As soon as he had locked his friends and the children inside Gargle’s quarters, Caul sprinted back up the stairs to the chamber of screens. He was shuddering slightly, and half inclined to go back down and unlock the doors again. He kept telling himself that he hadn’t chosen Uncle over Freya and the others; he would find a way to stay true to both of them.
“First thing we must do,” said Uncle when Caul rejoined him, “is to get rid of those women. Bad luck, they’ll be. You’ll see.” He had filled his screens with images of the captives in the room below: big, grainy close-ups of Hester and Freya. He said, “They look very pretty, I’m sure, and no doubt you think they’re very sweet, but they’ll twist round and betray you, like my Anna did me all those years ago. That’s why I’ve always made it the rule that there ain’t no girls in Grimsby.”
Caul put down Hester’s gun. He felt stupid, standing there holding it. “But what about the girl who was aboard the Autolycus with Gargle?”
“Young Remora?” Uncle snatched the gun and stuffed it away inside his filthy clothes. “I know what you mean. Odd-looking lad. High-pitched voice. Long hair. Too much makeup. I had my doubts when Gargle first introduced me, but Gargle assured me he was a boy. A fine burglar. Poor Remora. I suppose he’s dead too?”
“Uncle, there are girls among those poor children we found downstairs. Lots of them are girls.”
“Girls? You’re sure?” Uncle started thumbing his remote control, hunting for close-ups of the children. Caul saw his friends on the screens look up nervously as crab-cams spidered around on the ceiling above them, jangling Remora’s mobiles. Uncle saw only grayish, face-shaped blurs. “Maybe Gargle’s kidnapping squads have grabbed a few girls by mistake,” he muttered grudgingly. “We’ll have to get rid of them, too, if we’re to make a new start. And we will make a new start, Caul, my boy. We’ll rebuild Grimsby, stronger and better than it ever was before, and you’ll be my right hand. You can move into Gargle’s pad and look after things for me like Gargle used to do.”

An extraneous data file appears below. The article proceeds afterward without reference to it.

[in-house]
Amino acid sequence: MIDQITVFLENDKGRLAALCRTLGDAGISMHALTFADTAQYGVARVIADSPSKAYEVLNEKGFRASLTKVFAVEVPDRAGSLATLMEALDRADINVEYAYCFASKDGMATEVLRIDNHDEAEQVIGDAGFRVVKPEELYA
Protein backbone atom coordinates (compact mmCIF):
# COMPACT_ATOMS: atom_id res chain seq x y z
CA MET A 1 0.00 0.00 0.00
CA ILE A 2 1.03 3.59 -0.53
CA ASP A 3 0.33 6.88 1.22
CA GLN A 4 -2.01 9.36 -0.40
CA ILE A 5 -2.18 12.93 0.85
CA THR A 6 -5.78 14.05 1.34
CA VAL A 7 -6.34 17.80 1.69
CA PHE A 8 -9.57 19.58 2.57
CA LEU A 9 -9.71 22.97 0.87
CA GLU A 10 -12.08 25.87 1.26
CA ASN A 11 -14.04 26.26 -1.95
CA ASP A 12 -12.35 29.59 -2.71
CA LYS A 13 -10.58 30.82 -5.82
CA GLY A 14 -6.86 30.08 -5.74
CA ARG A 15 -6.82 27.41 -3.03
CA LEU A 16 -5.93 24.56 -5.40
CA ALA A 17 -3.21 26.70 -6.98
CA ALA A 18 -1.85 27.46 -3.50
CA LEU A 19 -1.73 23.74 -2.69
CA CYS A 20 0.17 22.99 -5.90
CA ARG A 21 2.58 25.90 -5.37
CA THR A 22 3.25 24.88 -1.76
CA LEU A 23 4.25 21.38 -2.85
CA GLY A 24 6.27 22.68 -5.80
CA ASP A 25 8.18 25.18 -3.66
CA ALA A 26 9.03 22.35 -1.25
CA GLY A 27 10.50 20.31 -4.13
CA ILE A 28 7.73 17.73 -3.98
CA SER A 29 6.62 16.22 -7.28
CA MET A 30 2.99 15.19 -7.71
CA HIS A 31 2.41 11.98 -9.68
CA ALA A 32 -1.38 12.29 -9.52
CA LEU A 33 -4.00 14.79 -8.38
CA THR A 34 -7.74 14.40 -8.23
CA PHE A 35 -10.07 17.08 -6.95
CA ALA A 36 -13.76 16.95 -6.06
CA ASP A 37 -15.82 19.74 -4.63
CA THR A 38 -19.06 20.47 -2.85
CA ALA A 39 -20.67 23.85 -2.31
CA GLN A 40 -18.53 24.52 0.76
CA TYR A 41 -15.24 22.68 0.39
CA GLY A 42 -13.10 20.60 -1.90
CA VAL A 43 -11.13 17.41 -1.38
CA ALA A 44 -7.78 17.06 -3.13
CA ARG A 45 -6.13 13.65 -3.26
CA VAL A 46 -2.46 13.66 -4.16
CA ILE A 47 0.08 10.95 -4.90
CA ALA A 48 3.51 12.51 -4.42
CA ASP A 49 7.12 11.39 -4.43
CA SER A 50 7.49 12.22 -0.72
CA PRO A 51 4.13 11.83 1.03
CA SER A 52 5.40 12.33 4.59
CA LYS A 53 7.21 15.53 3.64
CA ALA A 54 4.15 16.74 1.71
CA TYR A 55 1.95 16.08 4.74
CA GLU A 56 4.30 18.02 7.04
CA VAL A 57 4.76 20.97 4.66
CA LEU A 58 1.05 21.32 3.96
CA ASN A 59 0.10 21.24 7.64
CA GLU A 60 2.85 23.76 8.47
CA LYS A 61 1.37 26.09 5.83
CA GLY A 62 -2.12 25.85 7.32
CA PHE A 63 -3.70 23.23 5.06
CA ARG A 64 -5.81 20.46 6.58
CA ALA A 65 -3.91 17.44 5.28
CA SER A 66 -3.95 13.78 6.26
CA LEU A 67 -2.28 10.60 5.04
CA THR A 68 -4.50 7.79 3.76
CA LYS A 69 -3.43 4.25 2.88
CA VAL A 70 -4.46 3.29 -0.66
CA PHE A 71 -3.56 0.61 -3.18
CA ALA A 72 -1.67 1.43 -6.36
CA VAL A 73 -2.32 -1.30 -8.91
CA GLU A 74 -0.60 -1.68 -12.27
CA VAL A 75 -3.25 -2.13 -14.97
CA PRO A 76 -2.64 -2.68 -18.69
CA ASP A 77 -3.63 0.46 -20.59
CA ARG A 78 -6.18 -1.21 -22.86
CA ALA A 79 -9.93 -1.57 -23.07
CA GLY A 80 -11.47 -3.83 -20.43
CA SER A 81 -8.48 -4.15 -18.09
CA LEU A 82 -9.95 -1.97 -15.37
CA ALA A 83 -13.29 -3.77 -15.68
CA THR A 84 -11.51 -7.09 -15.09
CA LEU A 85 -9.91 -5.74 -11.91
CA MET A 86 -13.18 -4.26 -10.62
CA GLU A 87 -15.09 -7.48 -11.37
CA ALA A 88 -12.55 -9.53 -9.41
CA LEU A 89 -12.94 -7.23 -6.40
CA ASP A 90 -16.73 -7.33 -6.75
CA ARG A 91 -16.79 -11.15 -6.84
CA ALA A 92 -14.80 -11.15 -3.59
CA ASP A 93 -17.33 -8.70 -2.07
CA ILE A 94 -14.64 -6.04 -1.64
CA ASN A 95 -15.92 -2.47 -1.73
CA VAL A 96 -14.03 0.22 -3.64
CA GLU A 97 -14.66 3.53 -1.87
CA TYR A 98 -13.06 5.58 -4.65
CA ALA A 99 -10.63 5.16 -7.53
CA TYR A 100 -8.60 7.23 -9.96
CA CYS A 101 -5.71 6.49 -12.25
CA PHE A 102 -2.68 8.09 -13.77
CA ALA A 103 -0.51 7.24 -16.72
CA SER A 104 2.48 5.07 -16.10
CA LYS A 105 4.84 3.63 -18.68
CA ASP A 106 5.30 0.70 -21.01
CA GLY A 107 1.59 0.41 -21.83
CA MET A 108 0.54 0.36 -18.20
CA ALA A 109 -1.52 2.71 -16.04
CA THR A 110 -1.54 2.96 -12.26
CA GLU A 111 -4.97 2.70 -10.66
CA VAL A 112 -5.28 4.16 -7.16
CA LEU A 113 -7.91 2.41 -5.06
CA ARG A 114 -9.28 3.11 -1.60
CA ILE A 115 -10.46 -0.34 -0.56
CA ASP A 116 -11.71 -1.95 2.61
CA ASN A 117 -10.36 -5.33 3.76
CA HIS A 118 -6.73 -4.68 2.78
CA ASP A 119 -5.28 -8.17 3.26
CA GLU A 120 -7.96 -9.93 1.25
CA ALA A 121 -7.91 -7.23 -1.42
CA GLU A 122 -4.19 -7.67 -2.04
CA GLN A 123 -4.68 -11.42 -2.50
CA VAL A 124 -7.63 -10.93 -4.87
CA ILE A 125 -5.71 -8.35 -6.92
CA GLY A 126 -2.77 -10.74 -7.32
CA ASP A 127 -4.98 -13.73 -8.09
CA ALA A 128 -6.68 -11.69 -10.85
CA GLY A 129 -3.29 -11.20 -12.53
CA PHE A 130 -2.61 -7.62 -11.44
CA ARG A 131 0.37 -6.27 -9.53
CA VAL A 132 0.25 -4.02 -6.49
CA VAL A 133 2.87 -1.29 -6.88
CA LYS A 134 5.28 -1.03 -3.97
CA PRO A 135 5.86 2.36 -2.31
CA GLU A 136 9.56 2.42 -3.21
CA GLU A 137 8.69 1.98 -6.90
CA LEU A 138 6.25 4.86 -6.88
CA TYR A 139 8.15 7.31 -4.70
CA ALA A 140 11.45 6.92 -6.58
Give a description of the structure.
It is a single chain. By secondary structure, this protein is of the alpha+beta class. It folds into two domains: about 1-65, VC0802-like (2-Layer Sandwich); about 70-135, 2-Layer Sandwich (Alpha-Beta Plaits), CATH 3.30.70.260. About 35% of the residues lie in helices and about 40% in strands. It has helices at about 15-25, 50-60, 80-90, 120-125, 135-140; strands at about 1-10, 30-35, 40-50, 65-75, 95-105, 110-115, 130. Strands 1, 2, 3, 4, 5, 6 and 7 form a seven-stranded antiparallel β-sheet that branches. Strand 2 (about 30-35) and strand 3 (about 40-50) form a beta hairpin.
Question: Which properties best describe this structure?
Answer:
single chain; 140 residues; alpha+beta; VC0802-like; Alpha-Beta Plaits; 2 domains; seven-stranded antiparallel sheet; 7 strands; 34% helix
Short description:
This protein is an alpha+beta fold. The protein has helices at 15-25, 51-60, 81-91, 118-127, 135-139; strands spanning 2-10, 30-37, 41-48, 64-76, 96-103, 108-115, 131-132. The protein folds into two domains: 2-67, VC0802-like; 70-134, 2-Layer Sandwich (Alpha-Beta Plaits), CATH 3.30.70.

One of the banks of screens behind him suddenly died, leaving the room even more dimly lit than before. There was a smell of burned wiring, and when Caul went to investigate, he saw that water was flooding down the surfaces of the screens and pooling on the floor below. He touched some to his lips and tasted brine. Uncle Knows Best, he told himself, and he wanted to believe it because it would have been good l62 to go back to the old days, when he had been so certain about everything. Everybody had to believe in something better and greater than themselves. Tom and Freya had their gods, and Hester had Tom, and Caul had Uncle. He would not let Uncle down again, even though he was old, and blind, and confused; even though there was probably nothing that could save Grimsby from the sea.